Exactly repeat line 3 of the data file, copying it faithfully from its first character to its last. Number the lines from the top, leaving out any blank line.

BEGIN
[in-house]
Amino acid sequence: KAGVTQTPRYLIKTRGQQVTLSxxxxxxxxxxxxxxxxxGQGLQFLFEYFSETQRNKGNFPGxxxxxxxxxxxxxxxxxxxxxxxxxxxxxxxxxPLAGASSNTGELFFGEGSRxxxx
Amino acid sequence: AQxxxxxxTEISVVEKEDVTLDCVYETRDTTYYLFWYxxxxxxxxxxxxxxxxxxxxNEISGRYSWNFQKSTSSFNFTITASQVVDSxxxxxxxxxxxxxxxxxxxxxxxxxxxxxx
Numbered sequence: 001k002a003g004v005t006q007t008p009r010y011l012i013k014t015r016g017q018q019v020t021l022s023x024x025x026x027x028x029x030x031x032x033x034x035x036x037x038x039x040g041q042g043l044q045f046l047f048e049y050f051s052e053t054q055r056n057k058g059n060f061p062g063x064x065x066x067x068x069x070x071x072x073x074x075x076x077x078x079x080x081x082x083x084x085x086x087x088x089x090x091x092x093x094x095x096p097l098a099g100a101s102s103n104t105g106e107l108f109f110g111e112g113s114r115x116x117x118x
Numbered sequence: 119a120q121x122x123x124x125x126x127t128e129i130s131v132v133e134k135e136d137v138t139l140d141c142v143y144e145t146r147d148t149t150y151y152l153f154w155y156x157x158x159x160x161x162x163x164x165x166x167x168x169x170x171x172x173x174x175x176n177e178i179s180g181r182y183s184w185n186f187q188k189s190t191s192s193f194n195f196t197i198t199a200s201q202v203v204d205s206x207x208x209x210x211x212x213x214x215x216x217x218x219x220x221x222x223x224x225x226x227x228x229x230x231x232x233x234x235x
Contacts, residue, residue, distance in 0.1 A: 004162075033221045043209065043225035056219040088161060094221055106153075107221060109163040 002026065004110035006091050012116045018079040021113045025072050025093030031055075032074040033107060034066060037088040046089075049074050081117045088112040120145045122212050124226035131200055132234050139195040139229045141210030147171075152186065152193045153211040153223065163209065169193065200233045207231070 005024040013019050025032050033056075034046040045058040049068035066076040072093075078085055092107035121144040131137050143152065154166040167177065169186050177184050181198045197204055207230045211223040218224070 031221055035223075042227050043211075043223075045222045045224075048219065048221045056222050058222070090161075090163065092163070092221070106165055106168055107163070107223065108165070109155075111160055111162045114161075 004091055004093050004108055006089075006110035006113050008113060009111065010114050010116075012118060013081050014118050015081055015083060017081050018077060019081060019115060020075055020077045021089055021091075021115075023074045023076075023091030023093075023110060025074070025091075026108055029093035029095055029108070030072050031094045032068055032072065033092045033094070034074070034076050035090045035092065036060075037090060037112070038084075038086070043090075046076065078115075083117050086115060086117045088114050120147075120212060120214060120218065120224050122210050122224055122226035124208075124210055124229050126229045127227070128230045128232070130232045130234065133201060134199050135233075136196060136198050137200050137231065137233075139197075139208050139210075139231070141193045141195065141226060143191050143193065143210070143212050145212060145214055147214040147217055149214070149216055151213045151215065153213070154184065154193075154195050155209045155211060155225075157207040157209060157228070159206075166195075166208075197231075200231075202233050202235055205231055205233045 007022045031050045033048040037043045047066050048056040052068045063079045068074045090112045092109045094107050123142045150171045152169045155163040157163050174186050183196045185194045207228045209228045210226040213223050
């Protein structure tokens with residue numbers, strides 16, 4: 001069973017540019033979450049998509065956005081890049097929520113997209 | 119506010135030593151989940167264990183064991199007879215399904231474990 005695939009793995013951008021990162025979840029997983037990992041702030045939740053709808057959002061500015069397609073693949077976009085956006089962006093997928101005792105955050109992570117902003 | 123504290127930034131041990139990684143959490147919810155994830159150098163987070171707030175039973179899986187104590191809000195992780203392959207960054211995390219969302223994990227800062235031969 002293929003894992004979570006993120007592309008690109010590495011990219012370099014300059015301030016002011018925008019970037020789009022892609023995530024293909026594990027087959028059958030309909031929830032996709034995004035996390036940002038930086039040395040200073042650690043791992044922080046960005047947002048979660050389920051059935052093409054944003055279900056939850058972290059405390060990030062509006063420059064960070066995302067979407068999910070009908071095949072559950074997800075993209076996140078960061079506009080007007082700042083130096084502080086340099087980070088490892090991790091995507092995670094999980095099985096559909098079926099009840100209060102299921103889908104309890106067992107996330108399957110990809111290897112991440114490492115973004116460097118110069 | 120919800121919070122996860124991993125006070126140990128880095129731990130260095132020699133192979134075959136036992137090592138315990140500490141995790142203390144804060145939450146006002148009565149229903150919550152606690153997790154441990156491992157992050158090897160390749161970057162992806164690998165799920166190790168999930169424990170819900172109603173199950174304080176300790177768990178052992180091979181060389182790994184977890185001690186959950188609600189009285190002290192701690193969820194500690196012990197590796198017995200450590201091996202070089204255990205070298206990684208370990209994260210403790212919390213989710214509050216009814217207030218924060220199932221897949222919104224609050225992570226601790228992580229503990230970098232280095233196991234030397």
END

Amino acid sequence: AQxxxxxxTEISVVEKEDVTLDCVYETRDTTYYLFWYxxxxxxxxxxxxxxxxxxxxNEISGRYSWNFQKSTSSFNFTITASQVVDSxxxxxxxxxxxxxxxxxxxxxxxxxxxxxx